I am a New Yorker who visited Miami for the first time. Here are 15 things that surprised me the most.

I’m New Yorker and until recently had never been to Miami, Florida.

The author explores the city of Miami. Joey Hadden / Insider

Seeking warmth and a change of scenery, I recently made my first trip to Magic City and was surprised by many key differences between it and my home in New York City, where I have lived for almost three years.

The first thing I noticed about Miami was how cheap public transportation is compared to New York.

The perpetrator, masked, on a train (L) A view of the Coconut Grove elevated train platform with palm trees to the left (R)

The author takes the train to Miami. Joey Hadden / Insider

When I get home, I pay $ 2.75 for each metro ride. In Miami, I paid $ 5.65 per day for an unlimited pass that allowed me to take the buses and the rail system.

Miami also has a free streetcar that runs through the city 15 hours a day. I haven’t heard anything like it in New York.

A cart from Miami to Coconut Grove

Miami’s free streetcar stops in the Coconut Grove neighborhood. Joey Hadden / Insider

In my experience ride the miami carts, they were clean and not crowded.

I also found that private Lyft rides in Miami were up to four times cheaper to cover the same distance as my trips in Brooklyn.

Lyft logo

The author picked up some Lyft on his trip. Rafael Henrique / SOPA Images / LightRocket via Getty Images

A 5 mile (8 km) drive to Miami cost me $ 10 while a similar distance to Brooklyn cost me $ 40.

As I walked the streets of Miami, I noticed that there didn’t seem to be as many trash cans as in New York City, but the streets always seemed cleaner.

A street in the Wynwood neighborhood of Miami on a partly cloudy day.

A trash can in the Wynwood neighborhood of Miami. Joey Hadden / Insider

Typically in New York City, I see overflowing trash cans on almost every street corner, and there is still trash on the streets. But in Miami the streets were much cleaner, which made me think this city didn’t need that much.

In some areas of Miami, I noticed more yield than stop signs.

A yield sign on a Wynwood Street in Manhattan facing downtown

A yield sign in the Wynwood neighborhood of Miami. Joey Hadden / Insider

Drivers seemed patient with waiting for pedestrians, unlike my experiences walking in my neighborhood in Brooklyn.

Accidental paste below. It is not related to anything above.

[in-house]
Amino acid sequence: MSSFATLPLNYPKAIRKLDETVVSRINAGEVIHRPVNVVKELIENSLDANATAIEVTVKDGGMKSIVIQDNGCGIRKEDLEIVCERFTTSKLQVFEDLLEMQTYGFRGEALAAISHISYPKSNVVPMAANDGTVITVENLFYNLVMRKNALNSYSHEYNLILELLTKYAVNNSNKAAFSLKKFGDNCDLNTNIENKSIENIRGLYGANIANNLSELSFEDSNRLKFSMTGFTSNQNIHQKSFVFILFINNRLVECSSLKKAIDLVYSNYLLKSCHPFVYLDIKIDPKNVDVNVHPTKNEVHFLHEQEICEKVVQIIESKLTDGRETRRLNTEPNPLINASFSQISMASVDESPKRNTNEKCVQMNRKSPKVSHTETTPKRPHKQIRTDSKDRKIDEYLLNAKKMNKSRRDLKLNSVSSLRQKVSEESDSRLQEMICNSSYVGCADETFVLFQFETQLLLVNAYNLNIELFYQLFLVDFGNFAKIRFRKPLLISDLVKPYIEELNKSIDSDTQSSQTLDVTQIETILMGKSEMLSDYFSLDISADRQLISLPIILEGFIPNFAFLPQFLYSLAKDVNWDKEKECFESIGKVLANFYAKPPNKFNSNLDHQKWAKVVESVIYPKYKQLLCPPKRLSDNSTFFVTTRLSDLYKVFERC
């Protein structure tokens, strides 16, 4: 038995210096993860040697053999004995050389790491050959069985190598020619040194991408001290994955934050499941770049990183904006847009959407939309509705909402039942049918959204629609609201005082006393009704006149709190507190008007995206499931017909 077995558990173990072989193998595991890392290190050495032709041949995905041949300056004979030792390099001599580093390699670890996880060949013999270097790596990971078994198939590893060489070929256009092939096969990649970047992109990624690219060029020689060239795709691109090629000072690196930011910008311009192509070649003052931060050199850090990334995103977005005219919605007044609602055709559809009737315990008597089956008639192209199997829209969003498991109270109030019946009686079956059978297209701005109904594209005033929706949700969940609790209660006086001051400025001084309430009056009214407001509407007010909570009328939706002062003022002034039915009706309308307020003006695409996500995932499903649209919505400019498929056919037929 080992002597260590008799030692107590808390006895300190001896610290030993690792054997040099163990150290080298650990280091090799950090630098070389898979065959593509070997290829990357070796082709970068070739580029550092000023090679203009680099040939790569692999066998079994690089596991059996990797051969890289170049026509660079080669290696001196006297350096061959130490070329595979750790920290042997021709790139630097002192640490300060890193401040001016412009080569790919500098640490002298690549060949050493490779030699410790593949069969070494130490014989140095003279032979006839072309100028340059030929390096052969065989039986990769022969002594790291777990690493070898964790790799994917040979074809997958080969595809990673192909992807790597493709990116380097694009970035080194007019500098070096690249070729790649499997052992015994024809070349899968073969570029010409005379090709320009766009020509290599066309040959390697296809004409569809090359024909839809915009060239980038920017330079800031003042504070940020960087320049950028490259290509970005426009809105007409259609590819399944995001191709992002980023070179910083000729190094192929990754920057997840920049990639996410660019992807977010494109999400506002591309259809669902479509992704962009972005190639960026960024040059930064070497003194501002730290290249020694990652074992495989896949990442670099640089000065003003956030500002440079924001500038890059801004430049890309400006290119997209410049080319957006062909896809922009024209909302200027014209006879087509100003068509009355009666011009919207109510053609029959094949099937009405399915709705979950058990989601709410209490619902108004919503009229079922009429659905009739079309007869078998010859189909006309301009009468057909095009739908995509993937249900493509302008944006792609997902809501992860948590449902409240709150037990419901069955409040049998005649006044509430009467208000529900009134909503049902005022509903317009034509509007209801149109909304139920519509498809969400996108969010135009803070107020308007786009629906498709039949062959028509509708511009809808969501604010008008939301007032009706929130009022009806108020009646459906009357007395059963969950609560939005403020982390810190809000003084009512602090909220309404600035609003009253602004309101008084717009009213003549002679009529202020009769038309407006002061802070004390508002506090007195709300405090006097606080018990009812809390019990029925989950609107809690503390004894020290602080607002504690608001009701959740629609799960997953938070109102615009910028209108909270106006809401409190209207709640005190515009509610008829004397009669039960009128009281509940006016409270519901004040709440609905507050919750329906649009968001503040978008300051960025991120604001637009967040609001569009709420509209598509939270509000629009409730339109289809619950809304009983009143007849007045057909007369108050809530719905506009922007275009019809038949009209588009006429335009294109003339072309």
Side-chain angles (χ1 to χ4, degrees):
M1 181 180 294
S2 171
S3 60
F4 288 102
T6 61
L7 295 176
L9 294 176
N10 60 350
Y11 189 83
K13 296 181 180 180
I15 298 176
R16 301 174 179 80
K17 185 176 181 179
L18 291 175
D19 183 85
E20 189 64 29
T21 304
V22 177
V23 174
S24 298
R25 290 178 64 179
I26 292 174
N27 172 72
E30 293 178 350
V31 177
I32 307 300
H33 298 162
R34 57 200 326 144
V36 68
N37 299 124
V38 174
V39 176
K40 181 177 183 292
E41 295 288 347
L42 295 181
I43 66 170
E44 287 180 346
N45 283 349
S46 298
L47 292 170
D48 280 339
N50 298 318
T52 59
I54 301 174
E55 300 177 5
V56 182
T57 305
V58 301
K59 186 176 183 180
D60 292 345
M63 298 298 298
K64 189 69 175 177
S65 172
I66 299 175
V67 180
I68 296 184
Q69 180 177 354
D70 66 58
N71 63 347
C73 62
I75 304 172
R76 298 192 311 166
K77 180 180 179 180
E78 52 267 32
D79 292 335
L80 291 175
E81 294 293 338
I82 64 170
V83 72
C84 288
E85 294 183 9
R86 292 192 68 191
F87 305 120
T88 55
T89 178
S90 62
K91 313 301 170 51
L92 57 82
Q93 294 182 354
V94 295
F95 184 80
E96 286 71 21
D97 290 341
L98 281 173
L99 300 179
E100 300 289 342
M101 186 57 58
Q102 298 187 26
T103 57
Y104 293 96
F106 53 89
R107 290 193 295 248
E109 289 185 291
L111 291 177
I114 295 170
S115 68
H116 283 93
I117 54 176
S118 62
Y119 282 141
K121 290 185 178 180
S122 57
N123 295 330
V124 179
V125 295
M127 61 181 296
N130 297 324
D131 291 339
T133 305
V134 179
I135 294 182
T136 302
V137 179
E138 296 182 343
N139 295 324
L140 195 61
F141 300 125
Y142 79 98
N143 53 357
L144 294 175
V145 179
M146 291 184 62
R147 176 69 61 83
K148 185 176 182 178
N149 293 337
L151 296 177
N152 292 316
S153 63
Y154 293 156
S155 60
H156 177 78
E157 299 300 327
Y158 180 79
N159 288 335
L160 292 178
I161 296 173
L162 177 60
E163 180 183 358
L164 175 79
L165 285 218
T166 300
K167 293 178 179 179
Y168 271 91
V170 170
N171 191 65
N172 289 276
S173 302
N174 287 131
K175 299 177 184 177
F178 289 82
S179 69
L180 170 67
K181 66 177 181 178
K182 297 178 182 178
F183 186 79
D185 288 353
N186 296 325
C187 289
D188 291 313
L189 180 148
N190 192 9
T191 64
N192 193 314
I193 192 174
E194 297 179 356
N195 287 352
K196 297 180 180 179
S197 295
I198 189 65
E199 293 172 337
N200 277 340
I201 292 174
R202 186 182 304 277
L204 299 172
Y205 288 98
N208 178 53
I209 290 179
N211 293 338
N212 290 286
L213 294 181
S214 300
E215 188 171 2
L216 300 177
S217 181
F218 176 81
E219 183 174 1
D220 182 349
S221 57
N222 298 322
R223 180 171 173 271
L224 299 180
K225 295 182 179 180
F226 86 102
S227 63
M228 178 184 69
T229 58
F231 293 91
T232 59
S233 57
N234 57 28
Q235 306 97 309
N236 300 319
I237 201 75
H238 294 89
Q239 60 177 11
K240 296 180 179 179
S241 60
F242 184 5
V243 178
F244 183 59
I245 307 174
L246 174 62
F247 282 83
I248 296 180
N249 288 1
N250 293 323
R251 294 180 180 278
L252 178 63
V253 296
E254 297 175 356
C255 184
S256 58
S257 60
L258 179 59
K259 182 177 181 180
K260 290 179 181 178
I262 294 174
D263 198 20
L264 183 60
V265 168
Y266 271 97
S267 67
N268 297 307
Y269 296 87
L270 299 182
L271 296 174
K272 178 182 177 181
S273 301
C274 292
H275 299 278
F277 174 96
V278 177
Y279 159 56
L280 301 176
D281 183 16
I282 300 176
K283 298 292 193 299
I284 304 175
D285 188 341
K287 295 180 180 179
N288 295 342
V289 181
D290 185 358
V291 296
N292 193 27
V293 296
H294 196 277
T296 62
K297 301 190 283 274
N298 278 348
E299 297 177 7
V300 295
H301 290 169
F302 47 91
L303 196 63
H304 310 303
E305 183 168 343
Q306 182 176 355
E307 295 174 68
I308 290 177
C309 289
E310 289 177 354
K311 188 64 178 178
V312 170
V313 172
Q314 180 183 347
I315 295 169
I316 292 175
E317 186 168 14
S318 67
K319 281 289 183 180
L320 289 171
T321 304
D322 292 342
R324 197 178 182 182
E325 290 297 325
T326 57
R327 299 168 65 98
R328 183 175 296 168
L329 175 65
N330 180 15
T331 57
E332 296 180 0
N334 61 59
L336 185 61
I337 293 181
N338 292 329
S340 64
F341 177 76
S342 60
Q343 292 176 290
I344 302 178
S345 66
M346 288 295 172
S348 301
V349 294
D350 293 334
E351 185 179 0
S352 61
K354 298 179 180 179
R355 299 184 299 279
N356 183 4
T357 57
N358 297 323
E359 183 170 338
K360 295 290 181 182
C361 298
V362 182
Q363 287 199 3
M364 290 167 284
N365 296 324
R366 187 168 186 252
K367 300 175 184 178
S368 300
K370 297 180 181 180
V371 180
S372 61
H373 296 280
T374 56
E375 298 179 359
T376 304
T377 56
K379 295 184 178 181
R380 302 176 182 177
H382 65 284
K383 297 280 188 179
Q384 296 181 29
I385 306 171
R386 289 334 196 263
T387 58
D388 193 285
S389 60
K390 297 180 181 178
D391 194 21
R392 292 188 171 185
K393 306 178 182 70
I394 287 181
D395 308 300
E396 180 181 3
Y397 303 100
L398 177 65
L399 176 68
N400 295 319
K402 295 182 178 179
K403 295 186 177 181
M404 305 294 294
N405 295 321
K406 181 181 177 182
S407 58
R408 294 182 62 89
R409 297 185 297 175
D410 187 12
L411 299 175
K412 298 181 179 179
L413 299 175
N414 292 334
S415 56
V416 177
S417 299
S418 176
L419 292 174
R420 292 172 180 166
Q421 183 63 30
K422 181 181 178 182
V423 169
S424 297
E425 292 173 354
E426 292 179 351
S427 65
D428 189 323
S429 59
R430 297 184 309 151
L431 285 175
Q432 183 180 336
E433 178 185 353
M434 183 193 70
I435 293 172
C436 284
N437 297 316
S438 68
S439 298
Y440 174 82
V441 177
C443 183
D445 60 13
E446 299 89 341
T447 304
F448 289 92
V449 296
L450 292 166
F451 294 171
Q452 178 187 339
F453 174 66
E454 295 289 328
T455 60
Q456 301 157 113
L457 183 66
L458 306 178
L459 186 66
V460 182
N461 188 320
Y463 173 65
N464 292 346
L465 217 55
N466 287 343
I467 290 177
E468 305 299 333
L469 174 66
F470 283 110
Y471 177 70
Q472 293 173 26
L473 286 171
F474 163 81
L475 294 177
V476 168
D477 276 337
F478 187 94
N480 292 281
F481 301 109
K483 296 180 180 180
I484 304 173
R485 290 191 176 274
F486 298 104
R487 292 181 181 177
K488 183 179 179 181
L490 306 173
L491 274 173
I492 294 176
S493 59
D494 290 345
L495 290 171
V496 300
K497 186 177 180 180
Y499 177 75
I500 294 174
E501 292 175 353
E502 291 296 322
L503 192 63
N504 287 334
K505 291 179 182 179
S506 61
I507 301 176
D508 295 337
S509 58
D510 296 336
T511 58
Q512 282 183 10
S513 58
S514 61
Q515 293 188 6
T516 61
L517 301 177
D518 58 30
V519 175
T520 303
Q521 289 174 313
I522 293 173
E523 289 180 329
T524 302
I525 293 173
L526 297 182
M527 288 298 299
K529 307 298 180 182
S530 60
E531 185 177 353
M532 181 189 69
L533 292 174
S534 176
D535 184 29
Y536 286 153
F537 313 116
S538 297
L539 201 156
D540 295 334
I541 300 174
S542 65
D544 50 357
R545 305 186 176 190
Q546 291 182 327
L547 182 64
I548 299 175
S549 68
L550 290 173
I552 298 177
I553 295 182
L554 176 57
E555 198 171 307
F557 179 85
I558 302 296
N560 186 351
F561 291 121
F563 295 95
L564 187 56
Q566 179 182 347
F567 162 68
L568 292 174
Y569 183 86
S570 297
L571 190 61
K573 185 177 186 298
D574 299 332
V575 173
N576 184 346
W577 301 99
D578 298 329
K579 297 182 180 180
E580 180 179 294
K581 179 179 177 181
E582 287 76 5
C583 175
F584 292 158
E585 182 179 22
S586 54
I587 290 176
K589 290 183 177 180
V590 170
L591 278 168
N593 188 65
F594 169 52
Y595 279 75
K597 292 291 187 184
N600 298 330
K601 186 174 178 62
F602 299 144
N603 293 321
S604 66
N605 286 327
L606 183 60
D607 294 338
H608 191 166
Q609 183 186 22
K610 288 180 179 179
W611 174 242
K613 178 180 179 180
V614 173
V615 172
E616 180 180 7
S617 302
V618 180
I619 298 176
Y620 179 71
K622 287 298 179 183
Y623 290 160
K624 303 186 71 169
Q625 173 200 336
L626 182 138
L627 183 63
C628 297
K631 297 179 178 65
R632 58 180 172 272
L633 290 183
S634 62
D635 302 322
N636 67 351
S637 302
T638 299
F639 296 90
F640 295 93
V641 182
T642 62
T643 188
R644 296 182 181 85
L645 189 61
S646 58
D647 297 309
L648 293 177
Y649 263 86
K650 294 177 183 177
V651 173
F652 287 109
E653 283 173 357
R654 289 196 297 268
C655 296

I often – mistakenly – assume that cities that are smaller or heavily car dependent won’t be as walkable as New York. But I was happy to find that Miami had many pedestrianized neighborhoods all over the city, not just downtown.

Walkers in Coconut Grove (L) and South Beach (R)

People are walking around South Beach and Coconut Grove in Miami. Joey Hadden / Insider

South Beach, Wynwood, and parts of Coconut Grove all had pedestrian streets packed with restaurants and shops.

I visited Miami in October and knew it had a reputation for being hot all year round. But I had no idea it was one of the hottest places in the United States in winter with highs nearly 80 degrees, as experts at the weather station reported last month.

Miami Beach date and temperature on a sign surrounded by palm trees

A date and temperature sign in South Beach. Joey Hadden / Insider

It is around 80 degrees in winter, but when I visited Miami in October it was typically 85 degrees during the day, which was much warmer than a fall day in NYC.

The hot weather also came with high humidity which I found unbearable at times.

Author bares humidity in Miami Beach

The author experienced hot and humid weather in South Beach. Joey Hadden / Insider

Miami is quite humid in October, when I have been there, according to Global weather and climate.

New York is also humid in the summer. But in Miami in October, my glasses immediately fogged up as I walked outside, which I have never experienced at home.

While exploring, I thought people seemed more eager to talk to strangers than in New York City.

People play basketball in a public park in Miami

People play basketball in a public park in South Beach. Joey Hadden / Insider

I had a lot of nice, random encounters with strangers during my week in Miami, which hardly ever happens near my Brooklyn home. Some people even greeted me in the street from their car windows.

Of course, no trip to Miami is complete without a stop at the beach. South Beach is possibly the cleanest beach I have ever seen.

A beach scene in Miami on a partly cloudy day

Miami Beach on a sunny day. Joey Hadden / Insider

I expected the beaches in Miami to be clean, especially compared to the sandy beaches in New York City, but I was blown away by its beauty. According to The cultural journey, Miami Beach imports sand from Caribbean beaches.

Before visiting Miami, I never thought of it as a nature destination. But it’s the only American city bordered by two national parks – Biscayne and Everglades.

A boat docked on a cloudy day

A view of the Everglades from a dock near Miami. Joey Hadden / Insider

Overall, I found my week in Miami to be a warm and friendly change of pace from my life in New York.

The author takes a selfie in Miami

The author enjoys his stay in Miami. Joey Hadden / Insider

Definitely coming back soon for the clean beaches, colorful streets, and affordable peanut butter.

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